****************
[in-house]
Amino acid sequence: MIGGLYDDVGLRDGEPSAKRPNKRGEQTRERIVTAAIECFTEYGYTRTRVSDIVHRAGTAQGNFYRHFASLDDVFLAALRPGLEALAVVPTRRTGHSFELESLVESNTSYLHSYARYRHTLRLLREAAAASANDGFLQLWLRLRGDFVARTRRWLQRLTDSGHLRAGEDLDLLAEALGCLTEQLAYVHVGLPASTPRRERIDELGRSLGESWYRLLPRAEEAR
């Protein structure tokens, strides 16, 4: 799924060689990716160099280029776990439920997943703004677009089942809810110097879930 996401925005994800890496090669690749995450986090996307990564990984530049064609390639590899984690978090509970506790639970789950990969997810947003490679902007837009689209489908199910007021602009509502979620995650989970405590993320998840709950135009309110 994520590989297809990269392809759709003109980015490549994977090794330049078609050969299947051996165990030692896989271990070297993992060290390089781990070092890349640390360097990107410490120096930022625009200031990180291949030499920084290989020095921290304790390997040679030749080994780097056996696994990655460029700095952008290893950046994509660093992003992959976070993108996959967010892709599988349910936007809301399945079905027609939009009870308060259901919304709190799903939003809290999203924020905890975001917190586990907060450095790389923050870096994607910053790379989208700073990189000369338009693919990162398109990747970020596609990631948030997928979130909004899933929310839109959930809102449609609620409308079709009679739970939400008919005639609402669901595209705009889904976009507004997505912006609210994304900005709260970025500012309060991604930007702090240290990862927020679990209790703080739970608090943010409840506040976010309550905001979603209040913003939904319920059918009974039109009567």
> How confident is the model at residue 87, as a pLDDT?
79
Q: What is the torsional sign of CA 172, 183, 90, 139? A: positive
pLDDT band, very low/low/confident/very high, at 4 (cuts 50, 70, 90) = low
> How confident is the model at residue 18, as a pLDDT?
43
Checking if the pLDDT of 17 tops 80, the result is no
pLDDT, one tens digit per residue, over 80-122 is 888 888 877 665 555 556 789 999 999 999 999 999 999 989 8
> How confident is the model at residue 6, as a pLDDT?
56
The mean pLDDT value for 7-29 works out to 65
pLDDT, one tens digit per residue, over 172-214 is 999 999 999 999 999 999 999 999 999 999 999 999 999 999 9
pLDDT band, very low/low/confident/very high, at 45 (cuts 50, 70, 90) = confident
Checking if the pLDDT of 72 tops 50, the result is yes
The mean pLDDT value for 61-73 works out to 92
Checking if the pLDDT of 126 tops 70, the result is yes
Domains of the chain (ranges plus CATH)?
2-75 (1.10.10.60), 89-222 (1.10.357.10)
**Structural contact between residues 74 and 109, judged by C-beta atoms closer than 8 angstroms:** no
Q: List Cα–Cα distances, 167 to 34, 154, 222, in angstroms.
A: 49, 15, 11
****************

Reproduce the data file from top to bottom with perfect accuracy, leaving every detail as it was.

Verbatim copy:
[in-house]
Amino acid sequence: MIGGLYDDVGLRDGEPSAKRPNKRGEQTRERIVTAAIECFTEYGYTRTRVSDIVHRAGTAQGNFYRHFASLDDVFLAALRPGLEALAVVPTRRTGHSFELESLVESNTSYLHSYARYRHTLRLLREAAAASANDGFLQLWLRLRGDFVARTRRWLQRLTDSGHLRAGEDLDLLAEALGCLTEQLAYVHVGLPASTPRRERIDELGRSLGESWYRLLPRAEEAR
């Protein structure tokens, strides 16, 4: 799924060689990716160099280029776990439920997943703004677009089942809810110097879930 996401925005994800890496090669690749995450986090996307990564990984530049064609390639590899984690978090509970506790639970789950990969997810947003490679902007837009689209489908199910007021602009509502979620995650989970405590993320998840709950135009309110 994520590989297809990269392809759709003109980015490549994977090794330049078609050969299947051996165990030692896989271990070297993992060290390089781990070092890349640390360097990107410490120096930022625009200031990180291949030499920084290989020095921290304790390997040679030749080994780097056996696994990655460029700095952008290893950046994509660093992003992959976070993108996959967010892709599988349910936007809301399945079905027609939009009870308060259901919304709190799903939003809290999203924020905890975001917190586990907060450095790389923050870096994607910053790379989208700073990189000369338009693919990162398109990747970020596609990631948030997928979130909004899933929310839109959930809102449609609620409308079709009679739970939400008919005639609402669901595209705009889904976009507004997505912006609210994304900005709260970025500012309060991604930007702090240290990862927020679990209790703080739970608090943010409840506040976010309550905001979603209040913003939904319920059918009974039109009567």
> How confident is the model at residue 87, as a pLDDT?
79
Q: What is the torsional sign of CA 172, 183, 90, 139? A: positive
pLDDT band, very low/low/confident/very high, at 4 (cuts 50, 70, 90) = low
> How confident is the model at residue 18, as a pLDDT?
43
Checking if the pLDDT of 17 tops 80, the result is no
pLDDT, one tens digit per residue, over 80-122 is 888 888 877 665 555 556 789 999 999 999 999 999 999 989 8
> How confident is the model at residue 6, as a pLDDT?
56
The mean pLDDT value for 7-29 works out to 65
pLDDT, one tens digit per residue, over 172-214 is 999 999 999 999 999 999 999 999 999 999 999 999 999 999 9
pLDDT band, very low/low/confident/very high, at 45 (cuts 50, 70, 90) = confident
Checking if the pLDDT of 72 tops 50, the result is yes
The mean pLDDT value for 61-73 works out to 92
Checking if the pLDDT of 126 tops 70, the result is yes
Domains of the chain (ranges plus CATH)?
2-75 (1.10.10.60), 89-222 (1.10.357.10)
**Structural contact between residues 74 and 109, judged by C-beta atoms closer than 8 angstroms:** no
Q: List Cα–Cα distances, 167 to 34, 154, 222, in angstroms.
A: 49, 15, 11